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The Birds: Hitchcock's Movie vs. Du Maurier's Short Story

             The short story "The Birds" was written by Daphne Du Maurier and the film version was filmed and directed by Alfred Hitchcock. The basic story behind both versions has a very interesting and suspenseful plot. Although they have some differences, the film and short story have the same mood and theme. Alfred Hitchcock did an outstanding job filming the movie and matching it with the short story. And overall, both versions accomplish their goal of creating suspense in their respective plots.
             The setting in Du Maurier's story is in a village just south of London, England, and is set during the period right after World War II. The film setting is located in Bodega Bay just sixty miles north of San Francisco, and it is set in the time frame of the 1960s. Both places are seashore towns, which have relatively small populations and seem isolated from the rest of the world.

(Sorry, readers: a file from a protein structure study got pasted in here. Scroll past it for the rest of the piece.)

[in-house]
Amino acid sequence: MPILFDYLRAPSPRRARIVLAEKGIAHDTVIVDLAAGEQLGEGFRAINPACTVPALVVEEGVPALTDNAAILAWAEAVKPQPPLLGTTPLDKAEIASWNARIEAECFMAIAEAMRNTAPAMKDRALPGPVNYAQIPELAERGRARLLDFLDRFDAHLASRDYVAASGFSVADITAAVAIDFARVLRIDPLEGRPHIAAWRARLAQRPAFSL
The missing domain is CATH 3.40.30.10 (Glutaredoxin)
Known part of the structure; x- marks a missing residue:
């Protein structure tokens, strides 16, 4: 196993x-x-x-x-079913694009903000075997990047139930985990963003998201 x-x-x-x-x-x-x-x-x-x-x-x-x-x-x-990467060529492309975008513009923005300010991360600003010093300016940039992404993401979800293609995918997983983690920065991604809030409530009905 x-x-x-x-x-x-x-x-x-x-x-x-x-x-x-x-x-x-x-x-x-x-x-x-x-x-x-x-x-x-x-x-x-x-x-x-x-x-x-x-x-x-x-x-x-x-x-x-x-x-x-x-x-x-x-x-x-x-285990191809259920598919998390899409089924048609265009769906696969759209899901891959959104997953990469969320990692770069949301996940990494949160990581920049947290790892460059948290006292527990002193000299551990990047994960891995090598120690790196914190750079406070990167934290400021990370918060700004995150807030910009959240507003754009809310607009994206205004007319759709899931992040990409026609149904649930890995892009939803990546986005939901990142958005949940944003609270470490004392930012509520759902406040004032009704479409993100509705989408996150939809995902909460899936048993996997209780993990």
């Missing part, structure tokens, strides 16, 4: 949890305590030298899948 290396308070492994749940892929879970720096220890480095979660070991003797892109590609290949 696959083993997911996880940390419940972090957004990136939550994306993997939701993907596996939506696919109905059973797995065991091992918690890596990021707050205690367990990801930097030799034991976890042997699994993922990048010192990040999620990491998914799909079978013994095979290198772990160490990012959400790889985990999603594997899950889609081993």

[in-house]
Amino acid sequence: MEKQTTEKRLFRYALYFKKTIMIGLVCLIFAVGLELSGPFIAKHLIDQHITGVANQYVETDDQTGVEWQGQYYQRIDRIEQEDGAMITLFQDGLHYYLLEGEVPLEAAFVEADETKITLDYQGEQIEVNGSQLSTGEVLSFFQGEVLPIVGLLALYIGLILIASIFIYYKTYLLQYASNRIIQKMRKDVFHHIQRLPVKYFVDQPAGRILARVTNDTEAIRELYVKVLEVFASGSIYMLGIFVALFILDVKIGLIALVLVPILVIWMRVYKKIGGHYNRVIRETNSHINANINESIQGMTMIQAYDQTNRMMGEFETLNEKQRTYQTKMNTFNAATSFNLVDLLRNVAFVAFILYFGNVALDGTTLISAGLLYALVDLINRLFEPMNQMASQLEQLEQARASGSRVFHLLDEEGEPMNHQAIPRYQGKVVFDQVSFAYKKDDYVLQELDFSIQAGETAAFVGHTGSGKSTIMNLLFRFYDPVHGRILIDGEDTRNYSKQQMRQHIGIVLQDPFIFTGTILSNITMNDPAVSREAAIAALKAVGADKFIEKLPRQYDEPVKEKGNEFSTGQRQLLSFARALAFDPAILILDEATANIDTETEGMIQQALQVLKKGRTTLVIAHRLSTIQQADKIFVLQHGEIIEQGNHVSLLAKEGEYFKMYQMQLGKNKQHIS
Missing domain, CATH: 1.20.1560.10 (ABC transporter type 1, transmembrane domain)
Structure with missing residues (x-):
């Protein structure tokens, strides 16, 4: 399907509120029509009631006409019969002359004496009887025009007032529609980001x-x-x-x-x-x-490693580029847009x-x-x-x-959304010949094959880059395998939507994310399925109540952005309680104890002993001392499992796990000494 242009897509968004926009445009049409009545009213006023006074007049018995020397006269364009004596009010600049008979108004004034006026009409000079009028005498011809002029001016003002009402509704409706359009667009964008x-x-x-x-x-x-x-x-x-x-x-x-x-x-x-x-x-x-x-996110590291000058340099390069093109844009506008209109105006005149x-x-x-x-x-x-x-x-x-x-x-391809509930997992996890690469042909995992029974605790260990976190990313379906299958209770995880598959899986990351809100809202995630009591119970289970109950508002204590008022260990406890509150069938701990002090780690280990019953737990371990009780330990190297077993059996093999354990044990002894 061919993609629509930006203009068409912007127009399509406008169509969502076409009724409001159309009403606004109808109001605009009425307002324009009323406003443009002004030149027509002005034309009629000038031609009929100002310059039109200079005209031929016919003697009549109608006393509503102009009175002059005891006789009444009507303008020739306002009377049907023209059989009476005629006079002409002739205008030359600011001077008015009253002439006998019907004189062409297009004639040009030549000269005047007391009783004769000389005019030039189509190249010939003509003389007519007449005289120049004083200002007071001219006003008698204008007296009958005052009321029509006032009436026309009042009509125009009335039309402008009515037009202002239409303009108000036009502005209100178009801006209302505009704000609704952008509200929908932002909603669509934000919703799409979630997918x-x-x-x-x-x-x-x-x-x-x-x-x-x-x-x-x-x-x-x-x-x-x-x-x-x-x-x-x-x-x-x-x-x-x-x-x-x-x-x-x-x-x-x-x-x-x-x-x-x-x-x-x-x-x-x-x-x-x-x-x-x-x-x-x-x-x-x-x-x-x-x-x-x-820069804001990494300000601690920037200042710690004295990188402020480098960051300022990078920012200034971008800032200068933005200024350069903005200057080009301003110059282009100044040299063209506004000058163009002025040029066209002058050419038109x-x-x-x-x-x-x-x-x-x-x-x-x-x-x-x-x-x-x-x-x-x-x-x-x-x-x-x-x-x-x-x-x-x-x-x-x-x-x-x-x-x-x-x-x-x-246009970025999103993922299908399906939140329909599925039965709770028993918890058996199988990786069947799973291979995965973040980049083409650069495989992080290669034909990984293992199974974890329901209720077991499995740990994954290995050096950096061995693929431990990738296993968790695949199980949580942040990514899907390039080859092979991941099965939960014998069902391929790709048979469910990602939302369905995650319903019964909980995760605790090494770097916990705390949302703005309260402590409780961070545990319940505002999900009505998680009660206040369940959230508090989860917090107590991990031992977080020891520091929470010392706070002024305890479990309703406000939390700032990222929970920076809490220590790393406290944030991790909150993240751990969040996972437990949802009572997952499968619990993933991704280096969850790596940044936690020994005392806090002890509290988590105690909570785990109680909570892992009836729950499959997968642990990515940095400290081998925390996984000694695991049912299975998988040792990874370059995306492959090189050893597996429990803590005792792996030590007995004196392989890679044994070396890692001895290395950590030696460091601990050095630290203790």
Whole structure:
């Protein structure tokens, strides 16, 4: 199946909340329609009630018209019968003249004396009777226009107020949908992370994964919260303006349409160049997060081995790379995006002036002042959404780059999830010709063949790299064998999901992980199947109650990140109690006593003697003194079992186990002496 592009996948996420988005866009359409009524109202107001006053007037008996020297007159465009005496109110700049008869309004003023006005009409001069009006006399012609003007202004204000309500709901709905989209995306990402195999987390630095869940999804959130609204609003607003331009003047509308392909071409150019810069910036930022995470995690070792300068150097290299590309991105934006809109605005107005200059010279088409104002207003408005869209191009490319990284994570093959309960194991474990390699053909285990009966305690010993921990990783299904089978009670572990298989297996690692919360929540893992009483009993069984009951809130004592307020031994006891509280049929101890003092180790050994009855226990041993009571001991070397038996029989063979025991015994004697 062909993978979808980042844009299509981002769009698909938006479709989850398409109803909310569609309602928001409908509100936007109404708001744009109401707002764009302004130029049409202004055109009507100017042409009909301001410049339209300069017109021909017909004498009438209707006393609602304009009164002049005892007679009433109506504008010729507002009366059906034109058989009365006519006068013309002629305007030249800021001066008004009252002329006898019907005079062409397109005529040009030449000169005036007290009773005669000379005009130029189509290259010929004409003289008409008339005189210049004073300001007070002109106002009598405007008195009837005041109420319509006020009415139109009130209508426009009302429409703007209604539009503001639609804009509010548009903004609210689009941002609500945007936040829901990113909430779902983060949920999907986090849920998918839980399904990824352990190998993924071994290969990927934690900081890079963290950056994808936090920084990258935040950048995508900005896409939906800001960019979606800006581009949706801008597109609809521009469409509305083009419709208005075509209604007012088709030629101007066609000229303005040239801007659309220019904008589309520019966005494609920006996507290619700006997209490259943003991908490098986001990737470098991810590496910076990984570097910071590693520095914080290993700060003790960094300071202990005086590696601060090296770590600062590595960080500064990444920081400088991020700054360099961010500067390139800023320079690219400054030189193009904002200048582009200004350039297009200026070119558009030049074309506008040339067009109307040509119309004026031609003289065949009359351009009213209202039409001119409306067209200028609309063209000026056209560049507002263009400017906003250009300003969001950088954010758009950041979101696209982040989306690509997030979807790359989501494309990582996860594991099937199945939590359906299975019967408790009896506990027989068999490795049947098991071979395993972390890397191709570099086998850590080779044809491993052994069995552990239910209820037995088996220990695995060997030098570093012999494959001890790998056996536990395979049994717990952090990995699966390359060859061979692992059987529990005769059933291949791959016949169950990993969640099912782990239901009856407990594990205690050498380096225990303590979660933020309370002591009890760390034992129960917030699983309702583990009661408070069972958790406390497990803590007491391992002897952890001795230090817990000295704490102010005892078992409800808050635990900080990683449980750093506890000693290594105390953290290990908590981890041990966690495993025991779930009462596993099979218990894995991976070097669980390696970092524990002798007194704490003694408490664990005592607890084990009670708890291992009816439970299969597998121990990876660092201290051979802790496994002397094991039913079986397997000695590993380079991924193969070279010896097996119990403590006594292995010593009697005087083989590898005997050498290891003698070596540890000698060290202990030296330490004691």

The characters are definitely different in the two versions. The short story's main characters are a family: a husband Nat, wife, and two children Johnny and Jill. The film's characters are a young woman named Melanie Daniels, a young man named Mitch Brenner, and the man's mother and younger sister Cathy. The minor characters in the short story are the Triggs, a farm couple who employ Nat. In the movie the supporting character is Annie Hayworth, a school teacher who had a previous relationship with Mitch and befriends Melanie when she comes to Bodega Bay. In both the film and short story, the antagonists are considered to be the birds. Even though there is no valid reason for why they are attacking, suspicions are raised when in the movie, a mad woman accuses Melanie of bringing "evil" and causing the catastrophe of the attacking birds. An entirely different notion in Du Maurier's short story is that the birds seem to attack when the tide comes in. In both versions the birds always tend to attack in brief intervals.

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